8 Cheap and Healthy One Dish Meals

We’re all about cheap and healthy when it comes to meals. So we’ve rounded up some recipes beyond the chili and pasta dishes we’re always cooking for some variety. Most of these recipes should run around $10 – $15 to serve 4 – though pricing will vary across the country. But all of them contain good the foods that made our Cheap and Healthy Foods list.  Plus, they’re all made in a single skillet or pot. Enjoy!


This recipe calls for spinach, peppers, feta cheese and scallions, but you can add anything you like to a frittata.  Leftover veggies or potatoes, any type of cheese – whatever you like. Eggs are an inexpensive source of protein and B and D vitamins – and whatever you add boosts the nutritional value. Just avoid too much cheese or fatty meats. Figure a quarter of the pie per person – anywhere from 200 – 400 calories per serving (less for vegetarian versions, more for those with meats and cheese).  Add a salad, another vegetable or fruit for dinner.

Greek Chicken Rice Pilaf

This recipe lends itself to all sorts of variations beyond the Greek version provided. I’ve substituted spinach and/or tomatoes (drained – or using less stock if I want to use the juice) for the artichokes and cheese and it tastes great. Use brown rice for more fiber. And when it’s all said and done, one serving is about 600 – 700 calories and you’ll be packing in protein and fiber along with the nutritional goodies in the veggies you choose.

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Black Bean Soup

One cup of this black bean soup is 222 calories but it’s also full of fiber and nutrients thanks to the tomatoes and other veggies in the recipe.  This version is loaded with lots of peppers and hot spices which you can adjust to taste – but they, too, add some nutritional punch helping to lower bad cholesterol and blood pressure.  Add some sides like a salad, whole wheat crackers or an open face sandwich.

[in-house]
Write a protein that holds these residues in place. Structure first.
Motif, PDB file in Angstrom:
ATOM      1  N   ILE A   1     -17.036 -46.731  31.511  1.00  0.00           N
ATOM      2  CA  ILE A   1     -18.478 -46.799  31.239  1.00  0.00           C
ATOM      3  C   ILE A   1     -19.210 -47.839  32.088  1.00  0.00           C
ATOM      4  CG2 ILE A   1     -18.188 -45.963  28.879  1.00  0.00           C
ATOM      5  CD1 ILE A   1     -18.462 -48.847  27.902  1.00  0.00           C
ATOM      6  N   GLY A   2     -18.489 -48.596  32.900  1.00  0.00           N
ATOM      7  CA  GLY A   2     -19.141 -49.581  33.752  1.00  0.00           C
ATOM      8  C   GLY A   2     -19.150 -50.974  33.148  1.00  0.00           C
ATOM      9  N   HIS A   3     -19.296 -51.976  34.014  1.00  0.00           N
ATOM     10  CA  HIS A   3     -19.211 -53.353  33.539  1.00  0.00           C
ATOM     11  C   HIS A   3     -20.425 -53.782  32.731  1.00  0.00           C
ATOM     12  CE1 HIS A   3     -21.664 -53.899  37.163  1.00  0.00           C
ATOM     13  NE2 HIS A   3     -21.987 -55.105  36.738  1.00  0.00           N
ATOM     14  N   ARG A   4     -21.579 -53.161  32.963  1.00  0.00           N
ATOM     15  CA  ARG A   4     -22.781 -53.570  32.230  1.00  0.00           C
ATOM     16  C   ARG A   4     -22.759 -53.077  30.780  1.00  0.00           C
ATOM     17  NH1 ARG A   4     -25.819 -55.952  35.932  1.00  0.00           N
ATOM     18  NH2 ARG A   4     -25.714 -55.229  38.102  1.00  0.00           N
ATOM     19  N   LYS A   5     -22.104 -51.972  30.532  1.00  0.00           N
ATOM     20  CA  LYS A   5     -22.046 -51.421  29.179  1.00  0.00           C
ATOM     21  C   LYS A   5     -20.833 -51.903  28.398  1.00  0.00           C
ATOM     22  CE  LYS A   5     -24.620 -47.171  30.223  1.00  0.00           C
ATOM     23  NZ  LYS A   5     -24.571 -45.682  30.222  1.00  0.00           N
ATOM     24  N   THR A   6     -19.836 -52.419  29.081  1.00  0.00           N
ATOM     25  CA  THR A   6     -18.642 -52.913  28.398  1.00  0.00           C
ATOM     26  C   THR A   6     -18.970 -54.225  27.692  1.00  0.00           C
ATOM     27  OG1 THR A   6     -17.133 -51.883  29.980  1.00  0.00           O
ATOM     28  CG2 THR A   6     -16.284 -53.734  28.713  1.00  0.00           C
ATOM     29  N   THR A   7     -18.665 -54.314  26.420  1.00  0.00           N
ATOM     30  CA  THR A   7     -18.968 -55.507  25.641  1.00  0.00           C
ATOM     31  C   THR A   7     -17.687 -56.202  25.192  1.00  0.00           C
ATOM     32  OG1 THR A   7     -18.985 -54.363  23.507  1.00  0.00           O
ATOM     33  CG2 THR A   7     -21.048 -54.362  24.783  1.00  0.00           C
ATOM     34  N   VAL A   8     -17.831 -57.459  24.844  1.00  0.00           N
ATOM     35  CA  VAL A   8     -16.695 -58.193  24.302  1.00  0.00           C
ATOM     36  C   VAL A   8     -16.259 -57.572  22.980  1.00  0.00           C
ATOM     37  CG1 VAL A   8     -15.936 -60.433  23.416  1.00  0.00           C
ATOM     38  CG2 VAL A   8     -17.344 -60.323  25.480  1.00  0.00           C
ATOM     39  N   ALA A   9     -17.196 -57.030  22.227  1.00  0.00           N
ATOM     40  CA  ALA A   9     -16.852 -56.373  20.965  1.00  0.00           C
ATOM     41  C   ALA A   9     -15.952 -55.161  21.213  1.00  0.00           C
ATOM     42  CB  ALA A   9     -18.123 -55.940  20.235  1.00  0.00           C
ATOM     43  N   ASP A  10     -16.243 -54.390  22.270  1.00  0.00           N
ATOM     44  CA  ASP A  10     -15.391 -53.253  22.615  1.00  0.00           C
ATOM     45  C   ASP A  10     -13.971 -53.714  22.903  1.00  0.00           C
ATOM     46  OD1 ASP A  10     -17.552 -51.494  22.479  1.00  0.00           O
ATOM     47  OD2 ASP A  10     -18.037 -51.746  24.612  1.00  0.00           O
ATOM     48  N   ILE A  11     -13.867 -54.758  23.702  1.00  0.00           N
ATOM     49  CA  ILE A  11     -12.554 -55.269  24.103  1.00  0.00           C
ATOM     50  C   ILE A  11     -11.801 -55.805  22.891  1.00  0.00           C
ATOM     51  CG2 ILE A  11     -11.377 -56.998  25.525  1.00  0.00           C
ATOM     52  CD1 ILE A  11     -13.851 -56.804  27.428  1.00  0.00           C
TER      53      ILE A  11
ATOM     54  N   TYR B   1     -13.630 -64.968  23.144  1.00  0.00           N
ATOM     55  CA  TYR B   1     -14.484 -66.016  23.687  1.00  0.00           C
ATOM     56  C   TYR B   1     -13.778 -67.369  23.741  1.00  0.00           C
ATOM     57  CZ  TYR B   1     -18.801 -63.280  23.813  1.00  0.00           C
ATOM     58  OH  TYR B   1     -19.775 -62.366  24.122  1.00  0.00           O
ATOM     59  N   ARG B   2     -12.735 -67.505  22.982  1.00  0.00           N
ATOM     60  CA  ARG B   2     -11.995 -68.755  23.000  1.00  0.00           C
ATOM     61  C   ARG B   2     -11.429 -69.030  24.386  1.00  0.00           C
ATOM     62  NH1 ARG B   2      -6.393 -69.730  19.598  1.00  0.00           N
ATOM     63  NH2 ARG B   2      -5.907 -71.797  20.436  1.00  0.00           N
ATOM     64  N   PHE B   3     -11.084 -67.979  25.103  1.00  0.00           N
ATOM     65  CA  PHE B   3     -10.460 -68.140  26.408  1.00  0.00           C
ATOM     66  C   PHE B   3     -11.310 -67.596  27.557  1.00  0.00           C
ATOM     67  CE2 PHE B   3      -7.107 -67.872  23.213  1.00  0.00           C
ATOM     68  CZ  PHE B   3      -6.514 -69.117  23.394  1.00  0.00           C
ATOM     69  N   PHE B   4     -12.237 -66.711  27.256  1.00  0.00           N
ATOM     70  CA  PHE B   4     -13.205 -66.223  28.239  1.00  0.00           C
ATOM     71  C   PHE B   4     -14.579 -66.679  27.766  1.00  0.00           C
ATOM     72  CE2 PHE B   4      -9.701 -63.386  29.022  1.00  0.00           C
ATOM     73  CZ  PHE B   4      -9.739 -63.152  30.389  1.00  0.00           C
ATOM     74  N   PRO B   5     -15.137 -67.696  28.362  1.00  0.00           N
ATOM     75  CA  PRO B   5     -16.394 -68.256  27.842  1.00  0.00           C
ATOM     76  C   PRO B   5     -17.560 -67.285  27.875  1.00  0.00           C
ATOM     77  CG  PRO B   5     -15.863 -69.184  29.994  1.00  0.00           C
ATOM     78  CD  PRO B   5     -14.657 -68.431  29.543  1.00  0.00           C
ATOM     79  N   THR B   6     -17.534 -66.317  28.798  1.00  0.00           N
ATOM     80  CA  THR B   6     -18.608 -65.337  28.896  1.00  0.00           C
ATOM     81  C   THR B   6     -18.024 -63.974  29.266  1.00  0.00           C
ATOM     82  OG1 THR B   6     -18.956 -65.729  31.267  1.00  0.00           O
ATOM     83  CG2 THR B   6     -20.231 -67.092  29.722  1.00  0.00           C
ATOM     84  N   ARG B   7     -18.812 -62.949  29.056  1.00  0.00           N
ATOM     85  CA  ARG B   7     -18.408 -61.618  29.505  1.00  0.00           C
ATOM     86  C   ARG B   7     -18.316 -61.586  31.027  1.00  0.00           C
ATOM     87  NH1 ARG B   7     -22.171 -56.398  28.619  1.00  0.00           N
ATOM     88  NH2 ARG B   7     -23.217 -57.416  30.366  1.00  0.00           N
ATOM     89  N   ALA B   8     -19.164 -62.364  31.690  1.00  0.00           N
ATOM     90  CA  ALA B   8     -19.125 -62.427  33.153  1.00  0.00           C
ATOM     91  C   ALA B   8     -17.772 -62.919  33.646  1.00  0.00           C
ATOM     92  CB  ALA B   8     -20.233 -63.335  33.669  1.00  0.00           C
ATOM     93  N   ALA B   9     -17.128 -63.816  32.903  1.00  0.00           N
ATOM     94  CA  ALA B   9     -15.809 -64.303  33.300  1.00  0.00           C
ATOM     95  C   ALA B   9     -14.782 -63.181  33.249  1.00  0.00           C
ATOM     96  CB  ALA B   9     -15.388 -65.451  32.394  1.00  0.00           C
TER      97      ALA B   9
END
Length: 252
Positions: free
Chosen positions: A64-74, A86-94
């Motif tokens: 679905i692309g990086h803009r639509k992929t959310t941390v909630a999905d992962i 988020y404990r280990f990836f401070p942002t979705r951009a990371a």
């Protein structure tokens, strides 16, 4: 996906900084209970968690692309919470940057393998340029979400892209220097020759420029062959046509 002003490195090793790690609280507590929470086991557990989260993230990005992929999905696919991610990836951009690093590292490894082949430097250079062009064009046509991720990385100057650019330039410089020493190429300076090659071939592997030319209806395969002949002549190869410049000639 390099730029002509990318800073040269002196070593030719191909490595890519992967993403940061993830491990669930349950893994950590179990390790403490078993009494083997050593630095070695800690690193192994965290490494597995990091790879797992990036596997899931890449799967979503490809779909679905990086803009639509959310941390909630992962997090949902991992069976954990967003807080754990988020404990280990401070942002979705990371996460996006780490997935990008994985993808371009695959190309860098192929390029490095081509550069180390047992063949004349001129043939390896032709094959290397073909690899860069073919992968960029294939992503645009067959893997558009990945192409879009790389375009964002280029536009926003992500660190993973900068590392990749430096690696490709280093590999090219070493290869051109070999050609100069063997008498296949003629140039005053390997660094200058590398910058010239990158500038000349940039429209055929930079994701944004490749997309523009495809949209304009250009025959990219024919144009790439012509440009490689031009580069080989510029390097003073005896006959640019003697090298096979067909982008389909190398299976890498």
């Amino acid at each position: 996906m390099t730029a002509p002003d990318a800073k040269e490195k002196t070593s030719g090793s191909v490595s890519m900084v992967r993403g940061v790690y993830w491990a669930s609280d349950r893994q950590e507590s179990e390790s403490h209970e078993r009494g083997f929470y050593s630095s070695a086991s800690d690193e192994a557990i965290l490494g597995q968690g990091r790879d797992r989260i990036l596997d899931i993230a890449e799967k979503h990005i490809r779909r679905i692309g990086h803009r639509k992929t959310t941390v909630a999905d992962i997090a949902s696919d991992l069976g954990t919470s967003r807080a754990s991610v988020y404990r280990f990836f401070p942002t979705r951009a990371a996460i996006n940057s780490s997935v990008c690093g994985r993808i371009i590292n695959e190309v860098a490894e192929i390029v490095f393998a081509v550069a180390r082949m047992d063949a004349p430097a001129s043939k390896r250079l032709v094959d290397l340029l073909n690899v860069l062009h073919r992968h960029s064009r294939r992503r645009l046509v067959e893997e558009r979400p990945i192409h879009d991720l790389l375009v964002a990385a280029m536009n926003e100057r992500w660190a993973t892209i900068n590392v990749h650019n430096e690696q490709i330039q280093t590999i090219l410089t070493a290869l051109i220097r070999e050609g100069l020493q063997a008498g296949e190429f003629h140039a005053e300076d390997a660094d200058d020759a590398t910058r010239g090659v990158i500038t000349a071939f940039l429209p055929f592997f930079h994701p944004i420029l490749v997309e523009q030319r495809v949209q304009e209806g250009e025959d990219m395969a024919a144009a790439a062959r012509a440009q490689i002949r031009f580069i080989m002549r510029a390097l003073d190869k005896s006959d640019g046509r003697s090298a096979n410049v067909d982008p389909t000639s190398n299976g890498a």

Slow Cooker Coq Au Vin

Made with chicken thighs, this classic dish clocks in at about 430 calories per serving. Besides the protein, onions, carrots and mushrooms add vitamins A, D and C. I skip the bacon and use less wine than called for – and if you don’t like mushrooms, don’t add them. No wine? Use a tablespoon of red wine or balsamic vinegar for each cup of broth and add a pinch of sugar if too acidic.


The ultimate leftover soup – but if you don’t have leftovers, inexpensive frozen vegetables will do the trick. Tomatoes add vitamin C and A and beans add fiber. With just the veggies, this recipe is less than 170 calories per cup. To stretch for dinner, add some brown rice or noodles, leftover meat – or both!

Taco Tamale Pie

Easy on the budget, taco pie contains just one pound of ground been and a box of corn bread mix. While this recipe calls for canned corn (use frozen instead!) you can add beans instead for even more fiber. And substitute a can of chopped tomatoes and spices for the Picante sauce if you don’t have that handy.  A ten ounce serving – more than enough for dinner – will be about 540 calories.

Spinach and Rice Stuffed Bell Peppers

With a good dose of fiber and vitamins A and C, one of these peppers stuffed with spinach and brown rice clocks in at 470 calories but you can lessen the load by skipping the bacon (I have never used it!) and cutting down on the cheese (and it doesn’t have to be Gouda – I usually use Parmesan or cheddar).  Sometimes I bake the “insides” as a casserole using chopped frozen peppers mixed in. Yummy still…

Italian Vegetable Stew

Served over day old bread, this hearty stew includes beans, tomatoes and various other veggies to make it a filling and nutritious dish. Though this recipe calls for fresh vegetables, I always use frozen and often substitute spinach for one of the greens. To keep salt content down, choose low/no sodium broths, beans and tomatoes. The cheese topping will add the salty kick you need.

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by on September 16th, 2014